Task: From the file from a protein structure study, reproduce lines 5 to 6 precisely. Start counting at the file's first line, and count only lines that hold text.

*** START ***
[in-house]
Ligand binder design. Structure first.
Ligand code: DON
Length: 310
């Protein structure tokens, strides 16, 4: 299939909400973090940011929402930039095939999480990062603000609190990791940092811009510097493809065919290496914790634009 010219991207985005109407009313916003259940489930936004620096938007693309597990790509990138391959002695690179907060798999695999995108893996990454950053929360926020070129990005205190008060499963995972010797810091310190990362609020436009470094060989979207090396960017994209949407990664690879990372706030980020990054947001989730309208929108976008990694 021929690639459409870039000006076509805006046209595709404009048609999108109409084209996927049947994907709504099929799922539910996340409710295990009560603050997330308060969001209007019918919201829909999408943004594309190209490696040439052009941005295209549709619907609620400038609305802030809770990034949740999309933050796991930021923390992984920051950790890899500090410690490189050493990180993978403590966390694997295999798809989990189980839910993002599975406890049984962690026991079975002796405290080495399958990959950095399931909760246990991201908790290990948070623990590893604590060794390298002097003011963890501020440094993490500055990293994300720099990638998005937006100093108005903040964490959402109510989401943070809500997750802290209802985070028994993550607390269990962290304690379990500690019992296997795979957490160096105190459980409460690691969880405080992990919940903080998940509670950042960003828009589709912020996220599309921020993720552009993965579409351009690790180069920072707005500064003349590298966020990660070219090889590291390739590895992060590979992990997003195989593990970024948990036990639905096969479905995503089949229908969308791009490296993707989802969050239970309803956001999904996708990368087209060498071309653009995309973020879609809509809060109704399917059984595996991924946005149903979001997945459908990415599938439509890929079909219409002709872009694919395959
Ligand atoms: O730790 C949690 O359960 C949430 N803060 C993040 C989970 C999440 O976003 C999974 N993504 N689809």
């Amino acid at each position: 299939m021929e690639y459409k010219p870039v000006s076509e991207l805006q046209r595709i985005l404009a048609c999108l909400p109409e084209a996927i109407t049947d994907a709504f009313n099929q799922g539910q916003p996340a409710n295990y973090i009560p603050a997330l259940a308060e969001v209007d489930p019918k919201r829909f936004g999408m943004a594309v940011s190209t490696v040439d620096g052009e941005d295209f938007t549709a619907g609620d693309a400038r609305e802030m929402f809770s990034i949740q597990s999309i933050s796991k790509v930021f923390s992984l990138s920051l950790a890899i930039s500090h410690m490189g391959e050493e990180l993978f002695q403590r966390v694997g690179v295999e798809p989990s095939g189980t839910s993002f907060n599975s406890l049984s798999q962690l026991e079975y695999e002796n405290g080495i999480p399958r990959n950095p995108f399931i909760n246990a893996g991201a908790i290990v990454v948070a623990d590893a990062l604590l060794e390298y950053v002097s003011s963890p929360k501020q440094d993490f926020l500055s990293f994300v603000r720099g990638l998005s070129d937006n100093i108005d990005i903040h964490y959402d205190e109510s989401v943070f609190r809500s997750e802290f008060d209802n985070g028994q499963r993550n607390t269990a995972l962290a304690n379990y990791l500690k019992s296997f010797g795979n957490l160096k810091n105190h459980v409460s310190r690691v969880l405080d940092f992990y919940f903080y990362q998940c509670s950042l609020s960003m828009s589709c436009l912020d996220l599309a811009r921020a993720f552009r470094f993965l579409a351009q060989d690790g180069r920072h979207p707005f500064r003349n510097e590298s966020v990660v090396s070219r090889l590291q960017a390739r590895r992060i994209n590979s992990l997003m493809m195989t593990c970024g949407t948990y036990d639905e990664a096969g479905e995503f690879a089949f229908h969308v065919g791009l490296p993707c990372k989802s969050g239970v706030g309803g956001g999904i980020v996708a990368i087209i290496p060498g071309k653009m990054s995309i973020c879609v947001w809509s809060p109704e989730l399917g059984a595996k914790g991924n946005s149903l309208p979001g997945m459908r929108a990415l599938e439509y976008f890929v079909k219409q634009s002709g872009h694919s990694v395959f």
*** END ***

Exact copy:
């Protein structure tokens, strides 16, 4: 299939909400973090940011929402930039095939999480990062603000609190990791940092811009510097493809065919290496914790634009 010219991207985005109407009313916003259940489930936004620096938007693309597990790509990138391959002695690179907060798999695999995108893996990454950053929360926020070129990005205190008060499963995972010797810091310190990362609020436009470094060989979207090396960017994209949407990664690879990372706030980020990054947001989730309208929108976008990694 021929690639459409870039000006076509805006046209595709404009048609999108109409084209996927049947994907709504099929799922539910996340409710295990009560603050997330308060969001209007019918919201829909999408943004594309190209490696040439052009941005295209549709619907609620400038609305802030809770990034949740999309933050796991930021923390992984920051950790890899500090410690490189050493990180993978403590966390694997295999798809989990189980839910993002599975406890049984962690026991079975002796405290080495399958990959950095399931909760246990991201908790290990948070623990590893604590060794390298002097003011963890501020440094993490500055990293994300720099990638998005937006100093108005903040964490959402109510989401943070809500997750802290209802985070028994993550607390269990962290304690379990500690019992296997795979957490160096105190459980409460690691969880405080992990919940903080998940509670950042960003828009589709912020996220599309921020993720552009993965579409351009690790180069920072707005500064003349590298966020990660070219090889590291390739590895992060590979992990997003195989593990970024948990036990639905096969479905995503089949229908969308791009490296993707989802969050239970309803956001999904996708990368087209060498071309653009995309973020879609809509809060109704399917059984595996991924946005149903979001997945459908990415599938439509890929079909219409002709872009694919395959
Ligand atoms: O730790 C949690 O359960 C949430 N803060 C993040 C989970 C999440 O976003 C999974 N993504 N689809």